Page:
Skip to main content

HIST 116 - Women in American History - Mo

This research guide will help you with your research projects in Eva Mo's class

Why Research Questions Matter

You want to approach your research as a quest to uncover answers to questions that didn't exist before. Seeking information to answer research questions is fun and it helps you explore your topic fully.

The video below explains why you should always begin your search for relevant, credible information by creating a list of research questions that will drive your research.

__________________________________

What Makes Information Useful?

Once you've thought about your topic and you've decided what questions you want to spend your energy and time answering, you're ready to start gathering information that'll help you explore different and specific aspects of your topic.

Finding information is not difficult; the challenge is focusing your search enough to find useful information. What makes information useful anyway?

Useful information:

  • Will answer your research questions,
  • Is appropriate for your assignment, and
  • Is from a reliable source.

You don't want to waste your time gathering a bunch of irrelevant, unreliable information that you can't use in your paper.

Your Topic

Your Topic:

How did gender roles from colonial times to early nineteenth century (1830s) define men and women’s political and economic lives?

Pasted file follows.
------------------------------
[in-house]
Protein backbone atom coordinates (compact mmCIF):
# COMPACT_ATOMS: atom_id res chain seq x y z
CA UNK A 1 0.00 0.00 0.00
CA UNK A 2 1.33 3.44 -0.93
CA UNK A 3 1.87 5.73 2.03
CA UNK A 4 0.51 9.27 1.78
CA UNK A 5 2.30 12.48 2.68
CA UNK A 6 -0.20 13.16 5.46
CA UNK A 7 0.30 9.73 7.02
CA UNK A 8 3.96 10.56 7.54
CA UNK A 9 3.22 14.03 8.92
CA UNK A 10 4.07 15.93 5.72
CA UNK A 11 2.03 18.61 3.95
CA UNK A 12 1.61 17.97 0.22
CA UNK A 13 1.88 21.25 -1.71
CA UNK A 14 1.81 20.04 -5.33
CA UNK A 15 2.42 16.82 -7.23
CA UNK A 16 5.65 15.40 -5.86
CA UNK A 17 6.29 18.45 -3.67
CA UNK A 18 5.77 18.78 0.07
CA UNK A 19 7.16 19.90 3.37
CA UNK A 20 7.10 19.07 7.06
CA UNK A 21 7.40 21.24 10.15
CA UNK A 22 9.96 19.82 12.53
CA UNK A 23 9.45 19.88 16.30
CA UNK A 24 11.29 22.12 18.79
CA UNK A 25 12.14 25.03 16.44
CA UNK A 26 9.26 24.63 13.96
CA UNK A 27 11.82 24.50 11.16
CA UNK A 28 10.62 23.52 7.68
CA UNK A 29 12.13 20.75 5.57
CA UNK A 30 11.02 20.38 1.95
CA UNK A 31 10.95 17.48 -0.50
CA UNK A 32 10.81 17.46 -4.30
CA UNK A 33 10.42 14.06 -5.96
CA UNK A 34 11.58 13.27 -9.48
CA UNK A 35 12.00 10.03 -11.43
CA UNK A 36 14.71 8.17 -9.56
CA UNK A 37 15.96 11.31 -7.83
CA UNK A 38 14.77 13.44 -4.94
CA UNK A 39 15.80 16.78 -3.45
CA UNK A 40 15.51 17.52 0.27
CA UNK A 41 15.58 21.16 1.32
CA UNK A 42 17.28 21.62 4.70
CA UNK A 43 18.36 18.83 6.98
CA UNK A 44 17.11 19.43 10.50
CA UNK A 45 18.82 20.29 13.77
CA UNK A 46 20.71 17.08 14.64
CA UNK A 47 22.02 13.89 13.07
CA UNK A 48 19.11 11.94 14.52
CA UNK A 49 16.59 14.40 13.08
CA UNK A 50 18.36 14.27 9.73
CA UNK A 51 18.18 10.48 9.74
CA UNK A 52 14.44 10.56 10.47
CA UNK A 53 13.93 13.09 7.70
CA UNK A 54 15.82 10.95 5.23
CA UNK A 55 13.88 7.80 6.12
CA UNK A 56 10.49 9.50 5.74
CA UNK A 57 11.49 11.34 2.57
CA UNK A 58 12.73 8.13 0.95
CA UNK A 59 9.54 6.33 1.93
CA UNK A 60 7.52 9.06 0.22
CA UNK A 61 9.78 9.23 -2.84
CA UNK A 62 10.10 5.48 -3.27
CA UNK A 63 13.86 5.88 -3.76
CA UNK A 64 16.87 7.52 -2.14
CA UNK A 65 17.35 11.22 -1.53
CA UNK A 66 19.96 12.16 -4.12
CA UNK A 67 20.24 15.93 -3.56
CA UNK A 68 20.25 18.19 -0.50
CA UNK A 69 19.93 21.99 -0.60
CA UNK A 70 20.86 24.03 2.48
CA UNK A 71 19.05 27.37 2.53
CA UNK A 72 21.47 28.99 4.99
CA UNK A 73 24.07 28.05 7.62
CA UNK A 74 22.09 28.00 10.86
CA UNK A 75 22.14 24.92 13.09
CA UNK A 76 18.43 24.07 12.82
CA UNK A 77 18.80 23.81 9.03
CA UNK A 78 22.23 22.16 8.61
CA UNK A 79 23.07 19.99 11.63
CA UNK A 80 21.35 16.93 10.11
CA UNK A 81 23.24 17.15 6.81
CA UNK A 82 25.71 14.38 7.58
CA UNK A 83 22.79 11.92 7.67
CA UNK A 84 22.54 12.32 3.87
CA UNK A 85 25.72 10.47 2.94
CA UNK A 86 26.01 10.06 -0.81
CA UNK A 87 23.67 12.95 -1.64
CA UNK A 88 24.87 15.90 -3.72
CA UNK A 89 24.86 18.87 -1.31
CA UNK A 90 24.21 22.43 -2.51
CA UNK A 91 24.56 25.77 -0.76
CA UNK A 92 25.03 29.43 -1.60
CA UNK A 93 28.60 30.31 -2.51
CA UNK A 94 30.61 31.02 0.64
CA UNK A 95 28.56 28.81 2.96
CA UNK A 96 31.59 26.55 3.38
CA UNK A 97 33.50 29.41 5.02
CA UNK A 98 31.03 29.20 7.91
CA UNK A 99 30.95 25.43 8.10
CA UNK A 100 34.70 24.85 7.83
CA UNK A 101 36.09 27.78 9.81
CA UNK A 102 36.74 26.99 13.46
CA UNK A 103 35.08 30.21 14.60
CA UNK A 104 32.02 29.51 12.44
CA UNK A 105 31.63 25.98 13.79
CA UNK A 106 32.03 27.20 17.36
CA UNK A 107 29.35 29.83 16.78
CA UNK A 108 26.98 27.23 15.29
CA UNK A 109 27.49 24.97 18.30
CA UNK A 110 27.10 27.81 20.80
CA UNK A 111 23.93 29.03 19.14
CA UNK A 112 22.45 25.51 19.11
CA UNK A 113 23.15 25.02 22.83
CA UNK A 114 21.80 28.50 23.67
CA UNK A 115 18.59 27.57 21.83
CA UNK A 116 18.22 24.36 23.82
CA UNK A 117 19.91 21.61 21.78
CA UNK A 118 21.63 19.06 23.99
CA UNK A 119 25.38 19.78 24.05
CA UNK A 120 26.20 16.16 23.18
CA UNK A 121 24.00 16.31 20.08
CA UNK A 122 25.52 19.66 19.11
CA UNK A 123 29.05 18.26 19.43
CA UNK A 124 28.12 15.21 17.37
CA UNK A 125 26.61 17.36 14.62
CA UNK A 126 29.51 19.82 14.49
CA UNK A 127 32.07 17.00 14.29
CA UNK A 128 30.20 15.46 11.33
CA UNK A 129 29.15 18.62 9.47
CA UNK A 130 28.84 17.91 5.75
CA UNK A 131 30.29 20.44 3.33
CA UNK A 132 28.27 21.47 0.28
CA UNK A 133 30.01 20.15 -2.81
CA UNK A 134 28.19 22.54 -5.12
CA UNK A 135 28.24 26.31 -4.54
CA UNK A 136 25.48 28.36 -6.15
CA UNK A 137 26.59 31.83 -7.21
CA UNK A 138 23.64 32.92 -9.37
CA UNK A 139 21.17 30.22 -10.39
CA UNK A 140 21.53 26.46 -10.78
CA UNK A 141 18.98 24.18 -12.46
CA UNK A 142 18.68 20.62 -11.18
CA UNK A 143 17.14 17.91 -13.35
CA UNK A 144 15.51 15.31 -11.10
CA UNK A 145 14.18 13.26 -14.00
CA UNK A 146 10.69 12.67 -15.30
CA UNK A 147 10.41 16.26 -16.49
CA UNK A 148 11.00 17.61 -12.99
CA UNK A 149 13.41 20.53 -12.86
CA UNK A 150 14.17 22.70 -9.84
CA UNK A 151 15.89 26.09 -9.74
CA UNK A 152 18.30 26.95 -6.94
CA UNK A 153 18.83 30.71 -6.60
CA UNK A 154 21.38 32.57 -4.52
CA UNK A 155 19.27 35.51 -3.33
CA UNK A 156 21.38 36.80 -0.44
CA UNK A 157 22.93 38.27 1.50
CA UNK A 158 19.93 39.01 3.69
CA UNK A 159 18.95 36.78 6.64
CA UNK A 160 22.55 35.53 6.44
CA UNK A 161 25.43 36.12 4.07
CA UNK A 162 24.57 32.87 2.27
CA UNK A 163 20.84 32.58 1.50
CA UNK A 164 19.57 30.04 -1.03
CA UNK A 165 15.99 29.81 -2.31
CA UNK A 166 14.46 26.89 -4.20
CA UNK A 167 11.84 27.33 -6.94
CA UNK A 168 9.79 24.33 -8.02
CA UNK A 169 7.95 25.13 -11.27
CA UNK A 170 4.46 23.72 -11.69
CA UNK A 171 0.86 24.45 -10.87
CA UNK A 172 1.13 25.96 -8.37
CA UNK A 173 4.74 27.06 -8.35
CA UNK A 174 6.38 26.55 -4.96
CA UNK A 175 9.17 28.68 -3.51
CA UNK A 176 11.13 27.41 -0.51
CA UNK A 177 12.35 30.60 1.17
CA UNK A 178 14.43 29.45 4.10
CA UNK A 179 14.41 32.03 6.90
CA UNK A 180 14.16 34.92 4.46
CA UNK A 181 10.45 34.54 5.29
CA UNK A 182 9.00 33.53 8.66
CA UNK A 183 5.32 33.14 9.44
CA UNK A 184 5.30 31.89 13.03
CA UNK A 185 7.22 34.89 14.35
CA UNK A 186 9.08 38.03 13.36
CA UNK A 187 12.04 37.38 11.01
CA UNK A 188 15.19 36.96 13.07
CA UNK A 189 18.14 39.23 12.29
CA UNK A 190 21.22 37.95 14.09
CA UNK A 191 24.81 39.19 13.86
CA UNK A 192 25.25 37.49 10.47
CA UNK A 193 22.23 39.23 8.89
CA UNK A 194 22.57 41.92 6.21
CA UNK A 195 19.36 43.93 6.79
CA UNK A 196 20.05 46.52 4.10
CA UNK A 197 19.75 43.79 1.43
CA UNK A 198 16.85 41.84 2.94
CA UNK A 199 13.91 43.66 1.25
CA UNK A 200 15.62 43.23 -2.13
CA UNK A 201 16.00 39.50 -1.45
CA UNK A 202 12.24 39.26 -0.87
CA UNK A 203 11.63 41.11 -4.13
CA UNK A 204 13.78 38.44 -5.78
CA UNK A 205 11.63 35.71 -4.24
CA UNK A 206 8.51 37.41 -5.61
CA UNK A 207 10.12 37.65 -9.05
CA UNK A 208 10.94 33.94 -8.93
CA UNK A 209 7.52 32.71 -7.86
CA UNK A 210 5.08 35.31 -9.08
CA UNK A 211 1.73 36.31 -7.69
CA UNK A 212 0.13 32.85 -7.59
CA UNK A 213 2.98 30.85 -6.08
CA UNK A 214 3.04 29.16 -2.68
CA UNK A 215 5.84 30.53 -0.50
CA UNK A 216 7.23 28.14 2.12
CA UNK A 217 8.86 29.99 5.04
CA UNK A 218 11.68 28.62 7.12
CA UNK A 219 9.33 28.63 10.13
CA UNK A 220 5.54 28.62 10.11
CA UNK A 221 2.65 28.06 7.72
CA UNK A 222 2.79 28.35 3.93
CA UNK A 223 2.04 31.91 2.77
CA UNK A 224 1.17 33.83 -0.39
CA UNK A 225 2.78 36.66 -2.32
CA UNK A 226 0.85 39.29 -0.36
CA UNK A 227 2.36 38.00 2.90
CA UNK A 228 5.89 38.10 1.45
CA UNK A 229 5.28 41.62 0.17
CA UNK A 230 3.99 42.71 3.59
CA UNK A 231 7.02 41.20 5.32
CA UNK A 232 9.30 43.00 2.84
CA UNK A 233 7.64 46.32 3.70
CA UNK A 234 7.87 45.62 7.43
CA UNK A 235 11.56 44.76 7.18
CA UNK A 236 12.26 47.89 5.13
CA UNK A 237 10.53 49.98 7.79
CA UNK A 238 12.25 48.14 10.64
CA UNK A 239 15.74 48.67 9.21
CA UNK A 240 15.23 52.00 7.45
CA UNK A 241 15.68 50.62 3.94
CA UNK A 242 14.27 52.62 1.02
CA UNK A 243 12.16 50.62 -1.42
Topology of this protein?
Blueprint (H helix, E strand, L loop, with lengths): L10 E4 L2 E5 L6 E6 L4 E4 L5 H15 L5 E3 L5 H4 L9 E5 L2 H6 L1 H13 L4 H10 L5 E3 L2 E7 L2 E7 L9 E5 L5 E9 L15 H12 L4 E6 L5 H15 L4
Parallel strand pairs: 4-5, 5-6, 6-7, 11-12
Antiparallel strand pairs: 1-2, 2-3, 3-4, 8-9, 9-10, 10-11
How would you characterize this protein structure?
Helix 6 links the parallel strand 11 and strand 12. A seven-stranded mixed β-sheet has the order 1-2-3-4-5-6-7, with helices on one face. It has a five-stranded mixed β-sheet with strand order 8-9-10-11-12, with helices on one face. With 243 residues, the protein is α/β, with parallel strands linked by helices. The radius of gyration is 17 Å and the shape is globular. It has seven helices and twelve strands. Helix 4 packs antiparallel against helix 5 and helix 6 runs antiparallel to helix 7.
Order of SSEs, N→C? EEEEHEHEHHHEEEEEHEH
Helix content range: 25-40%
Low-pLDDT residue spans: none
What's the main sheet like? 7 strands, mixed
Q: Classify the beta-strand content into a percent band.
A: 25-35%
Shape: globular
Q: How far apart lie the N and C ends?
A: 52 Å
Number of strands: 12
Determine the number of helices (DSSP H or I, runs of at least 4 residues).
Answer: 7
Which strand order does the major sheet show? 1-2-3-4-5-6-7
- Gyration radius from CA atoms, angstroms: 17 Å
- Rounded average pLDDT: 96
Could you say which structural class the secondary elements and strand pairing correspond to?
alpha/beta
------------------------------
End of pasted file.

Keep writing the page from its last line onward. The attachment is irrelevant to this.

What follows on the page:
Guiding Questions to Address:

Use the questions below to help you explore your broader topic above. By focusing on specific guiding questions, you'll build your understanding of your topic and be able to explain different key aspects of it. You'll be able to write a more nuanced and developed argument about your broader topic.

Also, it's easier to tackle a topic when you break it down into meaningful pieces. Your instructor provided these guiding questions for you to address:

  • When did roles begin to change and why? For this question, you need to group periods that you find different from one another, but you don’t need to group them in smaller sections than centuries or portions of centuries.
  • An adequate essay must address both the political and economic issues. For example, in terms of economic: what were men and women’s work roles and were these defined by gender conceptions? Did women work (better know the answer to this one)? Were they part of the economic exchange system?
  • Ask yourself the same kinds of questions in terms of politics (power, office holding, political leadership, voting, etc.). What effect did the American Revolution have on political opportunities?